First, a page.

FTC 7314 build September 2013

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Post-it notes

Block Party! scoring model - Siri Maley

We spent a good part of the meeting going through rules and especially the scoring and tournament ranking rules. We proposed some mechanisms but did not really define what we want the robot to do when we play Block Party!

So, our mission for Thursday is to define what we want are robot to do to play Block Party! This will be our game Strategy. From this, we will set functional specifications (again, focused on what and not how). Figuring out how to do it is a job for another day.


The team developed a prioritized game strategy.

Some observations made:

  • There are (4) clear pinch points on the field which will restrict movement. During tele-op scoring, robots will need to pass through these pinch points two times per scoring cycle.
  • Defensive blocking of autonomous bridge scoring will be straightforward.
  • Autonomous block scoring, on the other hand, will be difficult to prevent via defense.
  • But two alliance robots both trying to score in the IR Goal are likely to interfere with each other.
  • 24-28 Blocks will fit into each pendulum goal
  • When forced to extreme, the top of the baskets range from 27" to 7" above grade.


  • We think that raising the flag should be fast.
  • 3 sec was cited
  • an ungeared Tetrix motor should be able to raise the flag in about 7 sec (assuming it's got the torque).
  • We think a high-performance robot might make 4-7 scoring cycles during tele-op.
  • This would represent up to 16-28 blocks scored at 4 blocks/cycle
  • or 48-84 points if scored on the outer pendulum goals
  • plus 24-42 additional points if the pendulum is balanced
  • As mentioned above, blocking (purposeful and accidental) is likely to impact robots' ability to score in tele-op.


Reviewed Drive-trains, comparing tank drive with holonomic, mecanum, automobile and other drive strategies.

Also reviewed the function of the team's Drive-train mathematical model.

The team prototyped mechanisms in two different areas:

  1. Mechanisms for scooping up blacks from the floor; and
  2. a mechanism for raising the flag.

Present: Brad, Eric, CJ, Mentor/Coaches: Clem McKown, Gary Deaver & Andrew Weissman

Meeting start time: 2pm

  1. This was our second strategy meeting. We discussed the following:
    1. Point Scoring strategy
    2. Combinations that can earn us the most points
    3. What scores we can focus on
    4. Scoring mechanism
  2. How to build a Robot
  3. Robot Types
  4. Different wheels types: went through several pros and con for each wheel type
  5. Different drive trains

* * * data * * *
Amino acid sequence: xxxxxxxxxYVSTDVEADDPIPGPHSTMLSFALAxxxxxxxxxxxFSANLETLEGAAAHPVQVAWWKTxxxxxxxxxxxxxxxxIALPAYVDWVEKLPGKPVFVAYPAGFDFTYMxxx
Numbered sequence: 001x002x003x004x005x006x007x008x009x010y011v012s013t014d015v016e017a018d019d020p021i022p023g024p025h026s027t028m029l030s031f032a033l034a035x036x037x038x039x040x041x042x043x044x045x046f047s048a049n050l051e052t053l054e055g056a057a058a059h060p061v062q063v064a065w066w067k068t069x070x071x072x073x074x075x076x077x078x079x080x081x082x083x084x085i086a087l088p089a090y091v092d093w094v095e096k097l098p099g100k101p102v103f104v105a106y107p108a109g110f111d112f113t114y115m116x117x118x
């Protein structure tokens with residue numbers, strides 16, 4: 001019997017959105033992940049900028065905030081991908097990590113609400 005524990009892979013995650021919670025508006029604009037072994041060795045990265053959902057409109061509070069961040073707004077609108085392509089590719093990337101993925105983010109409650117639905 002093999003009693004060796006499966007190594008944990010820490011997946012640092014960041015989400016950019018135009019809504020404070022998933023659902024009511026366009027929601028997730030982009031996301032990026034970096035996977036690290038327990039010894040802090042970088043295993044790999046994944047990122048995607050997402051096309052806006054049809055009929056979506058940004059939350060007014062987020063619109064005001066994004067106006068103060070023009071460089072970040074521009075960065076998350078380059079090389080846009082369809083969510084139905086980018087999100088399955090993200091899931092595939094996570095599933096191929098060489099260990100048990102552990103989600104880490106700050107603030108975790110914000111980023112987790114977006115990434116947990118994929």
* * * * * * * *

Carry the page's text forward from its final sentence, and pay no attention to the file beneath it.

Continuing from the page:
We then went to the FRC 1640 builders’ workshop station to trouble shoot plastic shapes for prototypes for the Containment device -raising the flag with the help of Mentor Gary Deaver. We came up with and made a football field structure. After which, we conducted several experimental trials fitting the fork edged plastic structure into the flag raising wheel. It was promising, but we still had to test for speed. Next we attached the plastic prototype football goal (fork like) structure to power drill. Eureka! Success!!! So we switch to an FRC battery to power the plastic fork and raised the flag and various speeds.

  • At slow speed we achieved ~7 seconds
  • At fast speed we achieved 3.2 seconds, but the flag post came apart
  • We adjusted speed and achieved a full flag raise at ~7.0 seconds. The flag post was stable at ~7 seconds. This would theoretically allow us to earn 50 points.

Meeting ended at 5:00pm.

Brad, Eric, and CJ played air football for a few minutes to celebrate a successful meeting!


With the Tetrix Resource Kit received, the team assembled its first chassis and successfully drove it.

The drive-train is 2-wheel-drive using Tetrix motors. Wheels are 4 inch. Driven wheels are directly driven (no gear reduction).

No controller yet. We just ran the motors from the 12V battery using a switch.

The chassis crosses the field diagonally over the bridge in 4 seconds. The diagonal is 165". Since the chassis is 16.5" long, the distance traveled is 165 - 16.5 = 148.5 in. Average speed is therefore 148.5 in / 4 s = 37 in/s (3.09 ft/s).


Doing some programming

Programming lessons started.


Arm on chassis

The team worked on two prototypes during the meeting: an arm and a scoop collector for cubes.

The arm is a simple 1-axis arm with 3:1 reduction (120T:40T) from a single Tetrix motor.


The team build and tested a cube pick-up mechanism based on a beater-bar and a scoop. The initial scoop proved to be too shallow, allowing cubes to be kicked out by the beater bar, but this was modified and deepened.

prototype testing

Block Party! Field Photo Gallery